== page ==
Modern St. Petersburg, with it’s average of only 59 square feet of living space per person, renders cat ownership the norm, and dog ownership both an expensive luxury and a personal nuisance. The relatively primitive state of sanitation and pest control common in most apartment buildings also renders cats a general community benefit. In our own apartment block, the local cats, as if to remind us of this fact, dump a disemboweled rat corpse at the street entrance about once a month, just to keep all us humans properly grateful.
No, cats here are definitely in charge. Within 24 hours of Shoolia’s adoption of Milla and I we were buying her an imported flea collar to rid her of her pests, arranging toilet facilities near our own, and were finding it increasingly difficult to please her palate. She now makes it clear that we will provide her canned cat food on demand or we instead will endure loud screeching, take our pick. If I do not wake up when she is hungry, she simply jumps on my head and bites my toes until I do. Never have I been in a situation where the authority structure was clearer.
Milla is an artist and I am a costume designer. So thoroughly does the cat hold us in her power that I designed and made a costume for the cat to be amused with. It provides a firmly anchored hat which she climbs on. and a surrounding net and noisemaker “cage” for her to enter. Shoolia happily climbs into it and plays with the noisemakers until my neck hurts from the strain. Mila also spent some time trying to design cat amusement sculptures, until she found that one of her existing creations is the best of all. It is a metal mobile of brass and steel objects that Shoolia plays like a one-cat-band, making wonderful noises that fill our apartment.
But it is not only in apartments that cats are kept and cared for, but in nearly every shop, restaurant and workplace. It’s amazing how many cats in this city have achieved the ultimate level of Cat-Nirvana: living in a fish shop. Our local branch of Detsky Mir (Children’s World) has two massive round beasts who lay sprawled on the counters like tourists on an Hawaiian beach. It may rain and snow outside, but the cats neither know nor care.
I ask Milla, “Where do they come from? Does the store take interviews for the position of store cat? Does the government issue them, so many cats for so many feet of floor space?” “The people who work there just adopt them.” Right. More like the cats just adopt the people…How is it, with 70 years of socialism, with the government regulating everything, interfering in everything, sticking its nose into everything, with shortages, with quotas and well, with, with everything, Russians retained the God given right to keep a cat at home, at work, anywhere? No free speech, no property rights, no free elections, nothing but the Right of Cat Ownership? Huh? What is going on here?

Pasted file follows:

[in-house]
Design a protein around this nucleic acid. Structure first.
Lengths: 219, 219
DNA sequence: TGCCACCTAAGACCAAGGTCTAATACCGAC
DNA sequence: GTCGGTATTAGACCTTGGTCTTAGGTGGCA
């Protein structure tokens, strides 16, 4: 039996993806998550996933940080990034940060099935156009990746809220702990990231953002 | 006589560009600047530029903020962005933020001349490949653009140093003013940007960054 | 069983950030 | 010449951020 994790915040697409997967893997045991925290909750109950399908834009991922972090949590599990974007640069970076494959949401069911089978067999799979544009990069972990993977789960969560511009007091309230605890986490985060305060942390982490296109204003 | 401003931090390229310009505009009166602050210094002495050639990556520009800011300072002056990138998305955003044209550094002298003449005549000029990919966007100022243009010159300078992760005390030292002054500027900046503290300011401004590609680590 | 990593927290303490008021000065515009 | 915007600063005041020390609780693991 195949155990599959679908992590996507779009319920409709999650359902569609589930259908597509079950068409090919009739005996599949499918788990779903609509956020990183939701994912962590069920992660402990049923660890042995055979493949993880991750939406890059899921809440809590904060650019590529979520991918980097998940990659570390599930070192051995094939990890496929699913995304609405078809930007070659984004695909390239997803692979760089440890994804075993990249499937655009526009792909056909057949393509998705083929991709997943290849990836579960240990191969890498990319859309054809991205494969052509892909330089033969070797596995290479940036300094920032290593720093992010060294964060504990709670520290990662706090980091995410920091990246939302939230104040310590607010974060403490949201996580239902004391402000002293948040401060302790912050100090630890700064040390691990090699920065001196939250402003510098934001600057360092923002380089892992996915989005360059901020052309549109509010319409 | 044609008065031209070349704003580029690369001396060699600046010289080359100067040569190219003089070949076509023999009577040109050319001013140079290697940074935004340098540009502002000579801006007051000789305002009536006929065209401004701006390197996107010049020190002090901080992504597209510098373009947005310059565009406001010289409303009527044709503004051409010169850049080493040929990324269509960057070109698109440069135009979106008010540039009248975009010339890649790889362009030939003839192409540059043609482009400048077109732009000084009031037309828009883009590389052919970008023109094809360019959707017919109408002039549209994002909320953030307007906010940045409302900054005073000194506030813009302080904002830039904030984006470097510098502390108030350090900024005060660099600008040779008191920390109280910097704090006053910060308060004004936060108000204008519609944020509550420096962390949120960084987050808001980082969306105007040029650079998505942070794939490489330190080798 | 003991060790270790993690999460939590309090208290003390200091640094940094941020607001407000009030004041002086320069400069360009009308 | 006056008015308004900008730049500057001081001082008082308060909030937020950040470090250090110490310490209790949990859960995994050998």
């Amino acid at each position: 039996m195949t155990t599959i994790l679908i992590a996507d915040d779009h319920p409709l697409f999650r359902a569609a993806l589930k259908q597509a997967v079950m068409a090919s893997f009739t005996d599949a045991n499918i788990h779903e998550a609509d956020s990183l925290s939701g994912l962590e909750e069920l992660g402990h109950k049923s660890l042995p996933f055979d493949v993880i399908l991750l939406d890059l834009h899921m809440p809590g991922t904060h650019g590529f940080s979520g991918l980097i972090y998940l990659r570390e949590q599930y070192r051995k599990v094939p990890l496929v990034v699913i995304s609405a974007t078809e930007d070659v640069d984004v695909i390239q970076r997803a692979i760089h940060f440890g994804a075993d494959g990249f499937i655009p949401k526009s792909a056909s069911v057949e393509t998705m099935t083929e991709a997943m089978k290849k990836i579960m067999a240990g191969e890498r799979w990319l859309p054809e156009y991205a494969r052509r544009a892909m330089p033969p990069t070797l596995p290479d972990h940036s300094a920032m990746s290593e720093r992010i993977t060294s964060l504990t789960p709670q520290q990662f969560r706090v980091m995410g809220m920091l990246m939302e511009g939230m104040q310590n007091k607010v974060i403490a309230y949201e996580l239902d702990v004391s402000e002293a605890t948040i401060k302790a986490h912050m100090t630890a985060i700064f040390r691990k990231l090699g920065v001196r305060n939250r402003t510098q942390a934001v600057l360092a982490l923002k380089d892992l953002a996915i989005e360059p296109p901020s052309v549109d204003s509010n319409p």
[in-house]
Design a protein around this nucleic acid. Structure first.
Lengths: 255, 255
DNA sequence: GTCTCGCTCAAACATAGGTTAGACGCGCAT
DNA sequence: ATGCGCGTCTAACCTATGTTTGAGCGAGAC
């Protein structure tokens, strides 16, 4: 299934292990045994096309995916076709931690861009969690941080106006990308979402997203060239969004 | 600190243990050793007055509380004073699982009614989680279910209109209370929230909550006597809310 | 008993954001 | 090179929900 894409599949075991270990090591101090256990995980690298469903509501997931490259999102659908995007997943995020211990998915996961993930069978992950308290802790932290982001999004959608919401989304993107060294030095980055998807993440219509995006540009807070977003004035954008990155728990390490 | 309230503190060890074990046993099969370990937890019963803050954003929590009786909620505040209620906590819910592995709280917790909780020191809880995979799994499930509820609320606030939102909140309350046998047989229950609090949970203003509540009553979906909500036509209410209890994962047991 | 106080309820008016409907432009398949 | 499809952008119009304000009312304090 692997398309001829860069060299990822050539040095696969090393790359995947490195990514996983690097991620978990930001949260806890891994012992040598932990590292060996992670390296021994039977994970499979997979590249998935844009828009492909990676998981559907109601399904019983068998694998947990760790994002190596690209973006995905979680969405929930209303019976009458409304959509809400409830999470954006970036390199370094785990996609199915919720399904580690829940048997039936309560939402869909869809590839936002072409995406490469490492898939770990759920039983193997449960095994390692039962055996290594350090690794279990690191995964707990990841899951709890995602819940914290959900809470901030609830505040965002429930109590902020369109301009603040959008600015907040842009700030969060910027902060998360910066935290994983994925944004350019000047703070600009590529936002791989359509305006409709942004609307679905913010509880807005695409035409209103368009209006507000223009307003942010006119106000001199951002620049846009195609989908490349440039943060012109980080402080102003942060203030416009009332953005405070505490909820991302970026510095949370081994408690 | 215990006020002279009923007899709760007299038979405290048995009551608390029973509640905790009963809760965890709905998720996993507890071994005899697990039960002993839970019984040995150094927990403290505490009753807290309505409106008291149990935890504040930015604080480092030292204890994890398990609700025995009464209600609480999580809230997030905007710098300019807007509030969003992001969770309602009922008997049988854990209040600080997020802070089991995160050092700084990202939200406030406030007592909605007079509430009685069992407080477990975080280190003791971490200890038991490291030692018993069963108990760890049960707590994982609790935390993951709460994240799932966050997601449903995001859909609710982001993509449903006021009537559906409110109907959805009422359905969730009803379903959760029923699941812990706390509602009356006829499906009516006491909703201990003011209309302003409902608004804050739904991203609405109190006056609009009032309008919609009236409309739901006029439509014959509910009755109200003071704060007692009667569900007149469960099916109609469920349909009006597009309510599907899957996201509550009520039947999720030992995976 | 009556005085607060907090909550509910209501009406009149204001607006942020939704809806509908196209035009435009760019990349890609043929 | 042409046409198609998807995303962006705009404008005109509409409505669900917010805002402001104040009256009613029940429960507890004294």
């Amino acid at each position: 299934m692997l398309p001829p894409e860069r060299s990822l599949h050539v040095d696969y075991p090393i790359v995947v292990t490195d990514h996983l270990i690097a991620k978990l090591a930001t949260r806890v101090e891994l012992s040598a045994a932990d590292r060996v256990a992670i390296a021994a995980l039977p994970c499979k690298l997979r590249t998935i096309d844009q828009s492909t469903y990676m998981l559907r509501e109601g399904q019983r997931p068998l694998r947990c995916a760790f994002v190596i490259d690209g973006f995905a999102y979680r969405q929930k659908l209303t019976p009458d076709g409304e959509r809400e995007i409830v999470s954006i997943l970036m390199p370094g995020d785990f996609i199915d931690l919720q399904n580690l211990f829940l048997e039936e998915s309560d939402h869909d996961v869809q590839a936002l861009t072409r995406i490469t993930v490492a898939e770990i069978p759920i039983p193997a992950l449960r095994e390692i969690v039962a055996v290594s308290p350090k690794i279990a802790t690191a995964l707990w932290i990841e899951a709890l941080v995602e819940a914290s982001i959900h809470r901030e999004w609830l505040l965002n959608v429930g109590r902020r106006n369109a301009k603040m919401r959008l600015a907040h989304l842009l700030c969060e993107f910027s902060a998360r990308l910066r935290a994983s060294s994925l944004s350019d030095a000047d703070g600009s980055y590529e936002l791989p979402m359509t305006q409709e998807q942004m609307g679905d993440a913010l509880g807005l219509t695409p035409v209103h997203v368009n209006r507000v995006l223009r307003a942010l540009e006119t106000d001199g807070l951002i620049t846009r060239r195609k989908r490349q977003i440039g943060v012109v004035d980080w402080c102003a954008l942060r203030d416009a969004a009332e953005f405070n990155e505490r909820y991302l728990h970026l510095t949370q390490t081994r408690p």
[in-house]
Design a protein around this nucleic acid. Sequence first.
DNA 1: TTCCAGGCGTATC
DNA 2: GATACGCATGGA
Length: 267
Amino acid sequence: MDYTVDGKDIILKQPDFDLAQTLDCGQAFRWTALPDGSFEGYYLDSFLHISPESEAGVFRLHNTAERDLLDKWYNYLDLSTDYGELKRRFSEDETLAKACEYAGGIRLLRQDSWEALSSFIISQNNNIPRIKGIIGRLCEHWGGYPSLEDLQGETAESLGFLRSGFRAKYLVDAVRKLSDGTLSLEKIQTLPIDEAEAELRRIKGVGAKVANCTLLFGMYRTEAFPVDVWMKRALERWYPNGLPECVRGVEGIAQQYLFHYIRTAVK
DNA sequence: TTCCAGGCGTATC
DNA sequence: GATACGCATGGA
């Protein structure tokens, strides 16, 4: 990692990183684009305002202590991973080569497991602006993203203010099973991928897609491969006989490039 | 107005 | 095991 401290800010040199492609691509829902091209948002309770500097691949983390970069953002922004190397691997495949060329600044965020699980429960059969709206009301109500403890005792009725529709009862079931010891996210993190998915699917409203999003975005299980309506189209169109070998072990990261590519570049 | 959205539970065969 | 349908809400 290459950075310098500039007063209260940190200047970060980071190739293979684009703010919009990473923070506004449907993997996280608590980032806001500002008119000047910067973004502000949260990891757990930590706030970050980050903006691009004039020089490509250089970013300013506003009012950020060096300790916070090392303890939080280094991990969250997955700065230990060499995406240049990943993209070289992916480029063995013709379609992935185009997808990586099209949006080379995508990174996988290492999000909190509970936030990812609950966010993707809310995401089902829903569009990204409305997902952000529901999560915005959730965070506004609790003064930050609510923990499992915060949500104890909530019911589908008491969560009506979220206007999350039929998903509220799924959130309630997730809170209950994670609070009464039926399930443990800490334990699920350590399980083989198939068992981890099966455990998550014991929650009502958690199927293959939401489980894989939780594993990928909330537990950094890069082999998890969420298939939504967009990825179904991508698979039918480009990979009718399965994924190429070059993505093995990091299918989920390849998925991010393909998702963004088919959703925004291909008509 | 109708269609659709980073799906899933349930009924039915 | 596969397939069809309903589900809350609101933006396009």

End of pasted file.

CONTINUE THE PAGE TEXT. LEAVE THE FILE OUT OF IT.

Last week Mila had to go visit the KGB to try to get a police certificate for the U.S. Embassy for her fiancée visa. “Milla, at the KGB office, did you see any cats?” “No.” “Do you think, where the public can’t see, they keep any cats in their offices?” “No! It’s too gloomy.” So there you have it. The one subversive element in a perfect Soviet society that not even the KGB could eradicate except in their offices: cats. Cats, the ultimate symbol of the private domestic life, flourishing through 70 years of government “control” of that domestic life. An unbroken line of fuzzy footed feline companionship through all the ups and downs of the Century.
When people get all bent out of shape at the apparent callousness and “hurry up” attitudes emerging in the new capitalist Russia, they should remember that some small things like this show an equal attitude of kindness and care for the little things in life, even through the worst of times. A good example comes from an article my mother sent me recently from an American paper. It describes how a nice man in Wusendorf, Germany has taken on the task of feeding the approximately 150 abandoned cats in the former Red Army base there. The article faintly sneers at the Russian soldiers for leaving the cats in Germany in “filthy deserted barracks”. What apparently has not occurred to the author is, why were the cats there in the first place? Did he think the Red Army issued them? Knowing that the troops must themselves have had to live in those “filthy” barracks before they were pulled out, should have provided a clue. Out of their miserable Army pay, and living in “filthy” barracks, the Russian soldiers managed to feed and house (against all Army regulations, I am quite sure) 150 stray cats! Given what I’ve read in the papers here about the appalling conditions for soldiers in the Army, this was, in itself, no small achievement. Who can then be surprised that the troops, called to return home to an uncertain future, could not, while traveling in troop trains, stuff 150 cats into their backpacks? The idea is ridiculous.